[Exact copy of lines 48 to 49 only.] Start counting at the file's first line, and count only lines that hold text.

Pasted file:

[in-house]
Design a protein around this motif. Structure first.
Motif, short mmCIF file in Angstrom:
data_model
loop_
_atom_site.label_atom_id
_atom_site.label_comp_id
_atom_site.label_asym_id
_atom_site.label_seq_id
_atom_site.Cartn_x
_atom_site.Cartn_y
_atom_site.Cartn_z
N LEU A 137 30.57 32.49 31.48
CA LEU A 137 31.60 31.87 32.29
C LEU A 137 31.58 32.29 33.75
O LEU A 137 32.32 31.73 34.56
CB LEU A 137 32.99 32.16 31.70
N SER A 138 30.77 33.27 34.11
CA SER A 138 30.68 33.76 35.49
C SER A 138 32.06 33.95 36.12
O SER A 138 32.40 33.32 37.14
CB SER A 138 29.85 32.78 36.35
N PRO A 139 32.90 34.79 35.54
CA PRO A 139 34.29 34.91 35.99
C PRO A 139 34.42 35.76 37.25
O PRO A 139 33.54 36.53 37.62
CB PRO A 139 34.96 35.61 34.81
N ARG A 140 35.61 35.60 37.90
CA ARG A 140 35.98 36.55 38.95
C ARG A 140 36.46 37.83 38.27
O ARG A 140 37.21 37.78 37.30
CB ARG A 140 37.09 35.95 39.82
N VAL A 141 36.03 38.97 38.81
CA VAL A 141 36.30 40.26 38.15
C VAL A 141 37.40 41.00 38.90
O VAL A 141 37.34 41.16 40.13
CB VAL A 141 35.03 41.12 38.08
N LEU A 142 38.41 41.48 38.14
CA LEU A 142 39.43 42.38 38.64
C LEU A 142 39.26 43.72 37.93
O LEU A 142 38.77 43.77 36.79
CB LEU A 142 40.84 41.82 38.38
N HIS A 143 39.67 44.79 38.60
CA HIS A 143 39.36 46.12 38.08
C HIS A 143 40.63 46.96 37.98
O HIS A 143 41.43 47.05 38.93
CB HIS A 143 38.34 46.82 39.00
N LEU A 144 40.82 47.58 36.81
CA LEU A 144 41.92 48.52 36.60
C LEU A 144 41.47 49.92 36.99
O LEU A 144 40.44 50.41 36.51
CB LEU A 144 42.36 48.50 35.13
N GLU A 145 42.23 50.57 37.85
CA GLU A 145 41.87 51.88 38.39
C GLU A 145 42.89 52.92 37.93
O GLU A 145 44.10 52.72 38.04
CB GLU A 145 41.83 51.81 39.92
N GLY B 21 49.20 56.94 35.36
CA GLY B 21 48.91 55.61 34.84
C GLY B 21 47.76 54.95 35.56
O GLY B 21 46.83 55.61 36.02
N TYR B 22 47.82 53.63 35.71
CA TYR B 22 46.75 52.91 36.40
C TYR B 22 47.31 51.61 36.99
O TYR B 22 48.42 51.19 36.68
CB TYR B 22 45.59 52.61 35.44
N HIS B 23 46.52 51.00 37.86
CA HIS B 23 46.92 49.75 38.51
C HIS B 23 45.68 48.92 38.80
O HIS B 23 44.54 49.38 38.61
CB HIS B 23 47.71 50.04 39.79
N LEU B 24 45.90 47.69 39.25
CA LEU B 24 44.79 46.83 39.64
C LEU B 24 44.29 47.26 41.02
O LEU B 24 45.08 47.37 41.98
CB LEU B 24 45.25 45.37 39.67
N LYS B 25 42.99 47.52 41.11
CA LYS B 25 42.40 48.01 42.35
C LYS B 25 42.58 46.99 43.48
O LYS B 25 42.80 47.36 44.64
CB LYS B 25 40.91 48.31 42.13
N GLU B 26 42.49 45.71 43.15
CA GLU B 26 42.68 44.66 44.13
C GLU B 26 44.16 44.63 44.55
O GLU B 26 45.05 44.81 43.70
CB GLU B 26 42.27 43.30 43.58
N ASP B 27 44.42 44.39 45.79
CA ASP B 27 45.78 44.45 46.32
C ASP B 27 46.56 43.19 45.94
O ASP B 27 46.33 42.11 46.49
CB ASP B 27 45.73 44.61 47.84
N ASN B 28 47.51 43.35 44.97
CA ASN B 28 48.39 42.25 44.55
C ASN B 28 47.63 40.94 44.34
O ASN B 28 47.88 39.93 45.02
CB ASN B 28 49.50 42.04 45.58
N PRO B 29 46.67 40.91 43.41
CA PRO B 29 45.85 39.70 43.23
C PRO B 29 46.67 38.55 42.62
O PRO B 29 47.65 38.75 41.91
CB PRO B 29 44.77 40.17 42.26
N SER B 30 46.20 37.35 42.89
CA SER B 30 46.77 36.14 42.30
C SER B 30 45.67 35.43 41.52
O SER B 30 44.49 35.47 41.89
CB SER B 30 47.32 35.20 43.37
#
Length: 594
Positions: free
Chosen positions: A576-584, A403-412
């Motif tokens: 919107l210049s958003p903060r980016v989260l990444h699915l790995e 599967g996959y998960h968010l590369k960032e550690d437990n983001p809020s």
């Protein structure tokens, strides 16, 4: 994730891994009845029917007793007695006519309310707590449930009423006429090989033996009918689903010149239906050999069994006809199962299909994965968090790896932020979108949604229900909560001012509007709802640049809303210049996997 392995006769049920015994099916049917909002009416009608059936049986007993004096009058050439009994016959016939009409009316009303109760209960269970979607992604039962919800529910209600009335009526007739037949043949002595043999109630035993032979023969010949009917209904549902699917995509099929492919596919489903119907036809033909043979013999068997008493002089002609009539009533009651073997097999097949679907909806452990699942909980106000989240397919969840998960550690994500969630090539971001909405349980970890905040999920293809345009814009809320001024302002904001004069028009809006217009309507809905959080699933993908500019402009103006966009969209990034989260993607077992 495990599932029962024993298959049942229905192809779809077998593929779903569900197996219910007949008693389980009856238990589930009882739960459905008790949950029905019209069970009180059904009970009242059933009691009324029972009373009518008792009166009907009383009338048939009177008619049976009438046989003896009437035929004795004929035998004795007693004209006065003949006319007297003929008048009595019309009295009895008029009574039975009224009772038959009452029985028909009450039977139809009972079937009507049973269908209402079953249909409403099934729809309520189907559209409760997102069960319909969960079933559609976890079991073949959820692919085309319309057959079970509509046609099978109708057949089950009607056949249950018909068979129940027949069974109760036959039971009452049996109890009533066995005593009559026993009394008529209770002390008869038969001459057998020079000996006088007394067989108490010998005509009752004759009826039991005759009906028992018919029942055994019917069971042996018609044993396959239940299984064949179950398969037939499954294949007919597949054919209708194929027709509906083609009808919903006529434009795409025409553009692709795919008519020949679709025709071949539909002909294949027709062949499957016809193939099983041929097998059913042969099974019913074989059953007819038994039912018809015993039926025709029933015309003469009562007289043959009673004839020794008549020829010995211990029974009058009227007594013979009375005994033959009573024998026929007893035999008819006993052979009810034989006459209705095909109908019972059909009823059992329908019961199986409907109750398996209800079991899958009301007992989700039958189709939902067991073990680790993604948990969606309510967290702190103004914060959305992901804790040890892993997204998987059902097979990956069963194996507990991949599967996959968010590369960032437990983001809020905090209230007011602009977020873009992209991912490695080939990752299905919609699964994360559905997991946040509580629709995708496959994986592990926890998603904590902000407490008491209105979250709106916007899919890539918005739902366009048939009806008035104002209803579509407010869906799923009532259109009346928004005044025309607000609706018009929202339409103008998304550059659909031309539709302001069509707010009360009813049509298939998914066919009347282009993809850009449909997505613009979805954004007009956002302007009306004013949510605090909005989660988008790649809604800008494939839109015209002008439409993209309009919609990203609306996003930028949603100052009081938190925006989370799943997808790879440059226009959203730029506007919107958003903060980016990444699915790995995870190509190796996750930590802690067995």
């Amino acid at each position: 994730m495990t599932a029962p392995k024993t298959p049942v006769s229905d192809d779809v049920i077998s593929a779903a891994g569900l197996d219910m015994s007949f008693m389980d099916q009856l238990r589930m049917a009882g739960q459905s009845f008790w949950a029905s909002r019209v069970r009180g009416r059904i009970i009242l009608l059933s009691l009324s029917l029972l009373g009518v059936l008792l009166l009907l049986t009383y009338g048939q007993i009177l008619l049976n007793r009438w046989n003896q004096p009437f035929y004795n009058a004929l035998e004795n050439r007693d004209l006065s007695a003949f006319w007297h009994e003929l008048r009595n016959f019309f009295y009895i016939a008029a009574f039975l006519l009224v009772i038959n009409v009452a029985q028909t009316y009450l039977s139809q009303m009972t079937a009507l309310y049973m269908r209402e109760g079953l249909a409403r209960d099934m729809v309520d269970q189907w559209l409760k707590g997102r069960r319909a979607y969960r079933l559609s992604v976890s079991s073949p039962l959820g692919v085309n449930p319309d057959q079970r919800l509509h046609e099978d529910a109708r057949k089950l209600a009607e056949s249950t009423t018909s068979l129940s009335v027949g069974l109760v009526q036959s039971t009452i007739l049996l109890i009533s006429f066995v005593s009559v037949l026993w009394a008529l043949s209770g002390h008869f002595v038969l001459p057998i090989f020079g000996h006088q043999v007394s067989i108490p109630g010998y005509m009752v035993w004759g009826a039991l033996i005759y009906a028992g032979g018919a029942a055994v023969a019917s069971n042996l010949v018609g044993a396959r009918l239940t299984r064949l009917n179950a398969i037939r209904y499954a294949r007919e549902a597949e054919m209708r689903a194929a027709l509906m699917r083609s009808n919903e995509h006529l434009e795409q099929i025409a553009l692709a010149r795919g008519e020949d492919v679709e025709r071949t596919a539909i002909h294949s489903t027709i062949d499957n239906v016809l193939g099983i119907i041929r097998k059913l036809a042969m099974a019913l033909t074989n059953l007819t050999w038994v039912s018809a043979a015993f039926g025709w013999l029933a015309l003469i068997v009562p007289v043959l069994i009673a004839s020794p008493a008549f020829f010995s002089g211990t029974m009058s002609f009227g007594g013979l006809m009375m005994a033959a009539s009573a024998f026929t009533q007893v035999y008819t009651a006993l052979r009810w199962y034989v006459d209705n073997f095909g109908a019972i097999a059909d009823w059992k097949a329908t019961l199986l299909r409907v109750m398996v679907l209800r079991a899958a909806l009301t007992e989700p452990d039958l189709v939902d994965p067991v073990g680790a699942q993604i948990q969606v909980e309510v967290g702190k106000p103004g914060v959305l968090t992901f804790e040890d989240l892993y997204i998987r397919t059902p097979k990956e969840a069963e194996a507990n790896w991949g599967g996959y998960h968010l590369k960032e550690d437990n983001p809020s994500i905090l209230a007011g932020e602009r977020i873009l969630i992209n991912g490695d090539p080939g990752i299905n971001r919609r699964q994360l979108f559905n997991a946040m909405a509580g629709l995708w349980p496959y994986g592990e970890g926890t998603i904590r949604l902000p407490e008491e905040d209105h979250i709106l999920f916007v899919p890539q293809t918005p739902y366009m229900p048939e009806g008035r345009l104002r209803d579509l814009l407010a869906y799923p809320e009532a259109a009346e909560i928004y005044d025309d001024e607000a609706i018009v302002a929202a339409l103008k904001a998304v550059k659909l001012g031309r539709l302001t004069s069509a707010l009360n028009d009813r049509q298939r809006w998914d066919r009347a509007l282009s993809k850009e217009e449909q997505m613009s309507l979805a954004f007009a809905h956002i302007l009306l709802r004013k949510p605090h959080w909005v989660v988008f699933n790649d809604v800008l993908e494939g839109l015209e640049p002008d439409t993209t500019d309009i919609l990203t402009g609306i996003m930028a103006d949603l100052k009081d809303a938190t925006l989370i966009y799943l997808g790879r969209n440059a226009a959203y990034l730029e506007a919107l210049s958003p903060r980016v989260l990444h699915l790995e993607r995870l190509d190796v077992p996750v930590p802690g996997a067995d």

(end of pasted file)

N LEU A 144 40.82 47.58 36.81
CA LEU A 144 41.92 48.52 36.60